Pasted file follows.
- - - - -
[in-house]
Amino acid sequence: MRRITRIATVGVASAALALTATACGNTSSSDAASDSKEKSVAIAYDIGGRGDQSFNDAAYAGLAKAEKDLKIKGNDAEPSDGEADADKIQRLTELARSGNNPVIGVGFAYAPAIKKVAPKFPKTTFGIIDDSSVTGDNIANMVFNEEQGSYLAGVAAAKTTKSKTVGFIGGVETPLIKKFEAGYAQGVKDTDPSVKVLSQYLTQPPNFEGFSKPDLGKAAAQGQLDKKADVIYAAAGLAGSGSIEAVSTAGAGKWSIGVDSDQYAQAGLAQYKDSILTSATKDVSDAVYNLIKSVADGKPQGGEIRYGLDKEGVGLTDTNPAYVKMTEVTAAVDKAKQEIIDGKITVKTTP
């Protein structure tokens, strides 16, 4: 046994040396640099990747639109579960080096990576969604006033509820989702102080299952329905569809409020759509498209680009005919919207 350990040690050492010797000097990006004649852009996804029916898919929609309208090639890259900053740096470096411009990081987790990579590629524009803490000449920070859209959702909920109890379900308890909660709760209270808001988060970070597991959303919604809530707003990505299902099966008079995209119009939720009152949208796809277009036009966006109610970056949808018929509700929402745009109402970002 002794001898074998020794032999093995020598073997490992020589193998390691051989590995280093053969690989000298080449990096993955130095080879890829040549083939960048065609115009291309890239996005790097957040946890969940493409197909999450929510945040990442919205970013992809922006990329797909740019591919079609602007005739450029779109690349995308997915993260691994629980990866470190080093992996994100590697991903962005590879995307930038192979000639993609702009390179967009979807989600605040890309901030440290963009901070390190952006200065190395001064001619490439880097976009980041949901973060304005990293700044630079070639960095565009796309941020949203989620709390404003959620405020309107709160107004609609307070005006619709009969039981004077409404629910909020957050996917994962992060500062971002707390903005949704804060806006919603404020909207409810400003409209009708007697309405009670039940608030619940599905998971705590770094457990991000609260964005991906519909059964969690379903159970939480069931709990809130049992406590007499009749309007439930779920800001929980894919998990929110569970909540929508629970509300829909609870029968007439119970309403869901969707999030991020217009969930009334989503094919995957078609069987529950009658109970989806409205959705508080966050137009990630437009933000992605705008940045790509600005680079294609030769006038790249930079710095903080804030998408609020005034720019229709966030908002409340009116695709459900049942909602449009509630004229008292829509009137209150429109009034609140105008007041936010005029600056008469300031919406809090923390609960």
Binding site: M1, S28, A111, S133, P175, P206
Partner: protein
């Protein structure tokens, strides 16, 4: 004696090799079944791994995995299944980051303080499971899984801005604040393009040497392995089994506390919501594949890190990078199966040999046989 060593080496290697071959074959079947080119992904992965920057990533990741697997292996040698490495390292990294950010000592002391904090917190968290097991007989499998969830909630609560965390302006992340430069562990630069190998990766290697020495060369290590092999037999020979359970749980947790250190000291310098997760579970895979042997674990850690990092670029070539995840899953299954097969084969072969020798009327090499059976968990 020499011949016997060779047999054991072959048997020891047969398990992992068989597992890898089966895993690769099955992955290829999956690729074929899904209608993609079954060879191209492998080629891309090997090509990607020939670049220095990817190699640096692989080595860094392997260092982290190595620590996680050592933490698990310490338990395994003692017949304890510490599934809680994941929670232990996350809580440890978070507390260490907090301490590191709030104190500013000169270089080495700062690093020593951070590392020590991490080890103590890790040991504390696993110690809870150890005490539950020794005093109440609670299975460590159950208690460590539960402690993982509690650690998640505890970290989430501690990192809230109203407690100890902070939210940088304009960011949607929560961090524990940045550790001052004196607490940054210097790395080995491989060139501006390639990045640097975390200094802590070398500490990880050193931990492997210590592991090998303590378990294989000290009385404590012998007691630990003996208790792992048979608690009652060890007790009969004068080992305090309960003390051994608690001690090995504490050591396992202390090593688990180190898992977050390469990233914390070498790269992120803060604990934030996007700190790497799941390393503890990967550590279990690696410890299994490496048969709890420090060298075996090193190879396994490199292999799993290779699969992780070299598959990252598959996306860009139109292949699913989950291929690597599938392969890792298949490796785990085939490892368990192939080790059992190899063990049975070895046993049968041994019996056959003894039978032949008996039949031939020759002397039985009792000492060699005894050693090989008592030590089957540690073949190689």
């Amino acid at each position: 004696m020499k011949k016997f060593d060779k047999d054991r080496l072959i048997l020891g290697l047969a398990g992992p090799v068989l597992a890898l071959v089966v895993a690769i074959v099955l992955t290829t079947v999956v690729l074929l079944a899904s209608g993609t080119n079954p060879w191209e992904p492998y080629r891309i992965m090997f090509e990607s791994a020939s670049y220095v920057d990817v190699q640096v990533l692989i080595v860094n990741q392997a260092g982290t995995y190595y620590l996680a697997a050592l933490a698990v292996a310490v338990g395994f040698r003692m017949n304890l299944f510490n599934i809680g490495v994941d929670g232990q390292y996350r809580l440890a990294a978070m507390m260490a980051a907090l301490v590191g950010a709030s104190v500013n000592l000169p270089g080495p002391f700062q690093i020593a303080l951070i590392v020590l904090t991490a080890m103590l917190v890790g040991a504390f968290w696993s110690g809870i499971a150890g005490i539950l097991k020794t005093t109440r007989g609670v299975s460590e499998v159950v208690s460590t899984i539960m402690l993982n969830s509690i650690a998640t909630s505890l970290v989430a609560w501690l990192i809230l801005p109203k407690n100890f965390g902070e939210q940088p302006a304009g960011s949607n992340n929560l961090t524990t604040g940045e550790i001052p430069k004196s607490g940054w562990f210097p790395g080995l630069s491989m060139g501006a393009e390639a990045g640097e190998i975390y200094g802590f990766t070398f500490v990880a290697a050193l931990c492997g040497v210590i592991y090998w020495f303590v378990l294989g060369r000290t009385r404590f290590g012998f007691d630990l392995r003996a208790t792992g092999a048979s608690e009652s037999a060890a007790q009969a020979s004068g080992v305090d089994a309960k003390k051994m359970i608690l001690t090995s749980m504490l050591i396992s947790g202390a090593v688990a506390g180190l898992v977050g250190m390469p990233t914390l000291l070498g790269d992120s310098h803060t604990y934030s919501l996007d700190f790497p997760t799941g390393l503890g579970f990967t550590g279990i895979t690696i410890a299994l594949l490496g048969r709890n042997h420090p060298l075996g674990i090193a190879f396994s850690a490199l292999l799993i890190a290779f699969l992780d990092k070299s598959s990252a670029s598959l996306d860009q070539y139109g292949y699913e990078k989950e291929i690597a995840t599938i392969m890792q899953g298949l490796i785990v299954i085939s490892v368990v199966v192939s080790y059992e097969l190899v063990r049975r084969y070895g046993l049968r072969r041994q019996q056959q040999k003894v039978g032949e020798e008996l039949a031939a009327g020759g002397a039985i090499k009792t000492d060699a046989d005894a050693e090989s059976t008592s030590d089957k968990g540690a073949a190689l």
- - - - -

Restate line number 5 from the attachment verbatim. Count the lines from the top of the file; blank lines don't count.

Partner: protein